As soon as I got out of a packed screening of Les Miserables, I tweeted,
“I dreamed a dream of–OW, my nose!! The camera again, really?!” #LesMisBloopers
— Manuel Betancourt (@atweetnextdoor) December 27, 2012
And while I was aiming to be tongue-in-cheek, the overall sentiment still stands: Tom Hooper’s direction and stylistic choices in terms of framing and shooting this epic musical are as misguided as they are ineffective.
It’s not just that Hooper uses the close-up indiscriminately, which he does — sometimes affectingly as in Fantine’s I Dreamed a Dream, sometimes obtrusively as in Valjean’s soliloquy — but that in doing so he robs the very effect of a close-up of its specificity. The reason Hathaway’s I Dreamed a Dream is so effective and affecting is that in the almost static close-up of her face, we are able to glimpse Fantine’s hopelessness. The close-up functions here both to quite literally blow-up her emotions but also to offer them up; this is raw emotion unencumbered by editing, framing or scenery.
Pity that instead of this being a valuable (if not necessary) stylistic choice, Hooper makes it his only choice. And, if this were a different musical (or a different movie for that matter), we could see the overabundance of close-ups as offering up some clue as to their rhyme and reason. But here, amidst a musical that glorifies collectivity (in revolution, romance and religion), it seemed weird if not altogether distracting that Hooper chose to limit shots to giant emoting faces even in scenes and songs where this very collectivity was woven into.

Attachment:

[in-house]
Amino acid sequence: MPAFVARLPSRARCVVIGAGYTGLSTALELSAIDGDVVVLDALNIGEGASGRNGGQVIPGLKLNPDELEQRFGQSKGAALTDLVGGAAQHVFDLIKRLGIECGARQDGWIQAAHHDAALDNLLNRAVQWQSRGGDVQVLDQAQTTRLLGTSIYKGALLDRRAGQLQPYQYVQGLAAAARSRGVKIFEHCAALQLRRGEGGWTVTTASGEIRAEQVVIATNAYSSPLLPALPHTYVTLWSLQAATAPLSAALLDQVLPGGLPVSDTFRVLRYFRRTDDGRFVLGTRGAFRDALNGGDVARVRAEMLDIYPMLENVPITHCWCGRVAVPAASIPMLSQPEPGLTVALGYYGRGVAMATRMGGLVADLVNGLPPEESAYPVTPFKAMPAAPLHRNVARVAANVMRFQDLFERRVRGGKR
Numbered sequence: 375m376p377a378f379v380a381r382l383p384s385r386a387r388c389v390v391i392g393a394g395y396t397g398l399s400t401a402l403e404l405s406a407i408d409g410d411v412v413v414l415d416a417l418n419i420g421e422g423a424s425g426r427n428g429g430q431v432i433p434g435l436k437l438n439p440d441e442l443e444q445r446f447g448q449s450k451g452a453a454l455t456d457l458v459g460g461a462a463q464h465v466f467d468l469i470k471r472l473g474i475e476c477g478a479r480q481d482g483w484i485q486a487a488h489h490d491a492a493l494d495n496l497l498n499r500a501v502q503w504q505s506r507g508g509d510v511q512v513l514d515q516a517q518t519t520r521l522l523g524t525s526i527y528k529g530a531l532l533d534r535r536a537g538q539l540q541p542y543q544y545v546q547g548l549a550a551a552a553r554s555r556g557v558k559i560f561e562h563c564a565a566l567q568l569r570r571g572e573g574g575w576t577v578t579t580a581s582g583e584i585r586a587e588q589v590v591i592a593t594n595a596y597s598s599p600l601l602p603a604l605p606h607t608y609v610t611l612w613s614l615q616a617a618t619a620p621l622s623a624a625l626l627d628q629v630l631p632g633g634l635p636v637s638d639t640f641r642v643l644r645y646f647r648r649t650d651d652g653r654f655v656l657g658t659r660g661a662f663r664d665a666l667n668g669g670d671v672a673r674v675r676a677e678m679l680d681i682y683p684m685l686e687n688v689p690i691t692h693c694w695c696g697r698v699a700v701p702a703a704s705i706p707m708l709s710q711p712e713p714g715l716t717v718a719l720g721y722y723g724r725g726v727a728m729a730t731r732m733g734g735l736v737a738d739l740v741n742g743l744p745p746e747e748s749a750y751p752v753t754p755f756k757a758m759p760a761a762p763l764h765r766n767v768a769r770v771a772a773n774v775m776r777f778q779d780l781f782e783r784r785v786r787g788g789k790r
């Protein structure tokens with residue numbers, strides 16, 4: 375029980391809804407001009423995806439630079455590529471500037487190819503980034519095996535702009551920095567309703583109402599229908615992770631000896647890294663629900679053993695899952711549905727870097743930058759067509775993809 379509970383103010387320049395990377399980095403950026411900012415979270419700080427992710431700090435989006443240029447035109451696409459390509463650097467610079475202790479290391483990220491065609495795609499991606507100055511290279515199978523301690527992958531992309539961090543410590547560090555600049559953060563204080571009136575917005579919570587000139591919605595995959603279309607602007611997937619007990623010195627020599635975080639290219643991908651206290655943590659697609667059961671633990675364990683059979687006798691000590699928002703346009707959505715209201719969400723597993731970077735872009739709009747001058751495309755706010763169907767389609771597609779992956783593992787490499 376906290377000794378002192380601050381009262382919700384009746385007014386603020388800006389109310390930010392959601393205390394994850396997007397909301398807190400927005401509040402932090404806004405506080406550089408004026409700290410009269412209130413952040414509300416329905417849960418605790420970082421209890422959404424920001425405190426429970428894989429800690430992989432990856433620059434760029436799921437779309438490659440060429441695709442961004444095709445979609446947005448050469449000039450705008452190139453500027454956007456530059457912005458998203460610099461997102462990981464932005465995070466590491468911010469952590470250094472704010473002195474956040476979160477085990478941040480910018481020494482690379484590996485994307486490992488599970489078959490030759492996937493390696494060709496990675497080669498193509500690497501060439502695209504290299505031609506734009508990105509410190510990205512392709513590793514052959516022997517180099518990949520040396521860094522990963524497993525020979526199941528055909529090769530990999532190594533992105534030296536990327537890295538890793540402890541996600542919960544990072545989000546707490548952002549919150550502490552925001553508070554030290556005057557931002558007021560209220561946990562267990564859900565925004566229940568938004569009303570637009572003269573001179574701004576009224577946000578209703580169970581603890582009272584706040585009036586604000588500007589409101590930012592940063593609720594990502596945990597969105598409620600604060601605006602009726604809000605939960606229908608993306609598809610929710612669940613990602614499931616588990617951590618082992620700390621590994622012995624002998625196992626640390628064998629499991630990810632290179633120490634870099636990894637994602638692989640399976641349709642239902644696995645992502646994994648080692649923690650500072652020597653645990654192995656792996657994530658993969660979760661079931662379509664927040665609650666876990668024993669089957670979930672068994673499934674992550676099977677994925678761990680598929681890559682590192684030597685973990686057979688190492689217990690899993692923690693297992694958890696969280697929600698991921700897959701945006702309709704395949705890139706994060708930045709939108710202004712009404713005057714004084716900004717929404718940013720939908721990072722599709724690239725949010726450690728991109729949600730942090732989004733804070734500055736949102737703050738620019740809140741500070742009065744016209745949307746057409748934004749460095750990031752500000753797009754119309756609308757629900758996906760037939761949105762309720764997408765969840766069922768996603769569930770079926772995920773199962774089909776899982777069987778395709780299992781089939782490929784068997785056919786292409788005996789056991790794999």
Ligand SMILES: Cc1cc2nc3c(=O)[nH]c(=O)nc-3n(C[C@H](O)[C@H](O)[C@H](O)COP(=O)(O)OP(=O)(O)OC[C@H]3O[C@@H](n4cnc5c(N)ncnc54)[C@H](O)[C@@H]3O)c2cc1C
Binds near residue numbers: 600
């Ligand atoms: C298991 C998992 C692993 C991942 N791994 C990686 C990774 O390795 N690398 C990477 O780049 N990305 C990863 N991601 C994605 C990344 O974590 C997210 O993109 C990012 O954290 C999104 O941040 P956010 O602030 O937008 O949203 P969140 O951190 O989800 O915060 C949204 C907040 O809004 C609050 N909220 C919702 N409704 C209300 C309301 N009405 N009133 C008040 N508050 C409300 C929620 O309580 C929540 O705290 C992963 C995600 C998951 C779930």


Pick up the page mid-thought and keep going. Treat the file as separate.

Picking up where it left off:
Take for instance “In My Life/A Heart Full of Love.” While the intertwining melodies of the songs demand vision of a triangle, Hooper’s choices made it look as if Seyfried, Redmayne and Barks were in different sound stages when they shot the scene, his camera never allowing them to share a shot for more than a second. But while this scene’s inability to give us the romantic triangle it is premised on seems like a missed opportunity, other scenes feel altogether failures in even granting viewer’s the ability to locate themselves and the characters. For what the close-up gives us in terms of emotion and attention to character, it robs us in terms of geography and setting. Hooper’s inability to pan out leaves us with little notions as to where characters are at any given point (how far is Javert in relation to the fleeing Valjean? where is the cafe in relation to… well, anything?) This is most egregious in the Master of the House bit where the neatly (if claustrophobically) choreographed pick-pocketing leaves you with no sense of the actual house Thenardier is master of.
At the end, the movie asked me if I heard the people sing. It should have asked me if I saw them sing; that would have garnered a more definite answer.